Meet Titti: The Incredible Cliff-Diving Dog

This Jack Russell dives off of cliffs in Malta, Spain.
By: Michael Easter
Carmelo and Titti diving in Malta.

Carmelo Abela will always remember one of the first times he and his then five-month-old Jack Russell Terrier, Titti, visited the St. Peter’s Pools in Malta. The pools are a famous attraction, a geological wonder that sits on the 122-square mile Mediterranean island’s southeast tip. Think: round inlets filled with brilliant azure water, all flanked by white stone cliffs ranging in height from three to twenty feet. Abela had been diving from the cliffs for years, when, for reasons he can’t quite explain, a thought jumped into his mind: I wonder if my new dog would like to dive in with me.

Titti diving off the cliffs in MaltaIt took a bit of coaxing and trust, but Abela spotted up for a dive, stepped back—and Titti followed suit, the both of them jumping off a nearly 10-foot cliff, fully extended in the air, into the blue water. Abela and Titti, now seven years old, have been diving nearly every day ever since.

“I love her enthusiasm every time we go to the sea,” says Abela, who is in his 50s and works for Malta’s traffic department. “Titti enjoys every dive. I can see her tail wagging even mid-air during dives.”

The activity has become a fun game for the two, says Abela. “She enjoys it so much,” he says. “If I’m not paying attention, she will try to run and jump ahead of me.”

Diving from Malta’s cliffs has garnered the pair quite a bit of international attention. They’ve been covered in newspapers, magazines, and TV shows around the globe; racked up over 8,000 likes on their Facebook page; and brought in over a million views to YouTube videos that feature the two.

Carmelo and Titti drying offAbela says he’s received a small amount of criticism from people who feel that he’s putting Titti in danger. But, he says, he follows a rather strict safety code. “Before we dive, I inspect the sea to make sure that it’s clean and free of debris,” he says. “We’ve been diving together so long that I know the safest places for her to jump from.”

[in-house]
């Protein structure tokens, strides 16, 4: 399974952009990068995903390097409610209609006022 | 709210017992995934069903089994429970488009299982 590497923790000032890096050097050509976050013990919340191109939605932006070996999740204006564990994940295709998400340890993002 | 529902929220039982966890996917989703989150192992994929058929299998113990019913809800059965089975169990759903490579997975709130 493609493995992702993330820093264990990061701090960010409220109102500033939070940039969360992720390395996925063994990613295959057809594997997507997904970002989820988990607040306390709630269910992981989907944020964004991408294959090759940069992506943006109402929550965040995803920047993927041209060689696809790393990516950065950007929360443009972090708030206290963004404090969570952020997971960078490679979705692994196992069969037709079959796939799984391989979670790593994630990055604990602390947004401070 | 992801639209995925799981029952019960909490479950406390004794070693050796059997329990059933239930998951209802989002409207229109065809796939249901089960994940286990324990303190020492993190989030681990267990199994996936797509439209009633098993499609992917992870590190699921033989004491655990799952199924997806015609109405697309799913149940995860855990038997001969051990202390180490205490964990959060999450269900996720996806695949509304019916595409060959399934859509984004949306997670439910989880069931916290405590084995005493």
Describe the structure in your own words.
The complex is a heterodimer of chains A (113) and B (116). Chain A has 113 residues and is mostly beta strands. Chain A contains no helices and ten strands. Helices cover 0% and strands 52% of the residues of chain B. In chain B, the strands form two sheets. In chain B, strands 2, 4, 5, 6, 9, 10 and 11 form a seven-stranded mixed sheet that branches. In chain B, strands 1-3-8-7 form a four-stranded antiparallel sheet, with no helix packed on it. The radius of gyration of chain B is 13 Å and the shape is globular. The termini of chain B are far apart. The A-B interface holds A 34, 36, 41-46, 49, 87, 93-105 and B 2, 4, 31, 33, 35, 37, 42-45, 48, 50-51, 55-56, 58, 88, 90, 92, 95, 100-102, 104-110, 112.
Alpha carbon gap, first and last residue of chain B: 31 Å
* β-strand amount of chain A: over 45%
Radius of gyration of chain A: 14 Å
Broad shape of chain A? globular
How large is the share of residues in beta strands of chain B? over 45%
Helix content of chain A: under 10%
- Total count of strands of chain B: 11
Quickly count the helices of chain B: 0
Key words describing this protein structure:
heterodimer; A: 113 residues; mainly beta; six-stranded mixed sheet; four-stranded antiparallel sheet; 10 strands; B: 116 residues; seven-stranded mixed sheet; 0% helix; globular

He also adds that when the pair started their hobby, the bay was quite deserted, and rarely crowded. Now that the crowds have picked up, he and Titti won’t dive if there are too many people in the water.

But it’s perhaps on those days where the St. Peter’s Pools aren’t totally deserted yet overcrowded that Titti is at her best. “It’s pretty awesome when we are filmed by people and foreign crews who come to the island to see us,” he says. “She has so much enthusiasm.”

Titti playing in the sandThe attention has allowed Abela and Titti to make many new friends. Sometimes the new friends ask if they can dive with Titti, but Carmelo prefers that she only dive with him. “We know exactly how to do this together,” he says, adding that, to keep Titti safe, it’s important that both K9 and human diver know exactly how the other plans to move and dive in the air.

The deep bond the pair has created has tangible benefits for Abela. People who spend time around their pet have lower resting heart rates and lower blood pressure—two metrics that indicated heart health—according to researchers at the State University of New York, Buffalo. Another study conducted in China found that dog owners required fewer doctor visits, took less sick days from work, and also exercised more compared to people who didn’t own dogs.

“Titti is like my shadow,” says Abela. “She follows me everywhere and we are inseparable. I hope that we keep diving for years to come.”

Images by Mark Cassar via Titti the Diving Dog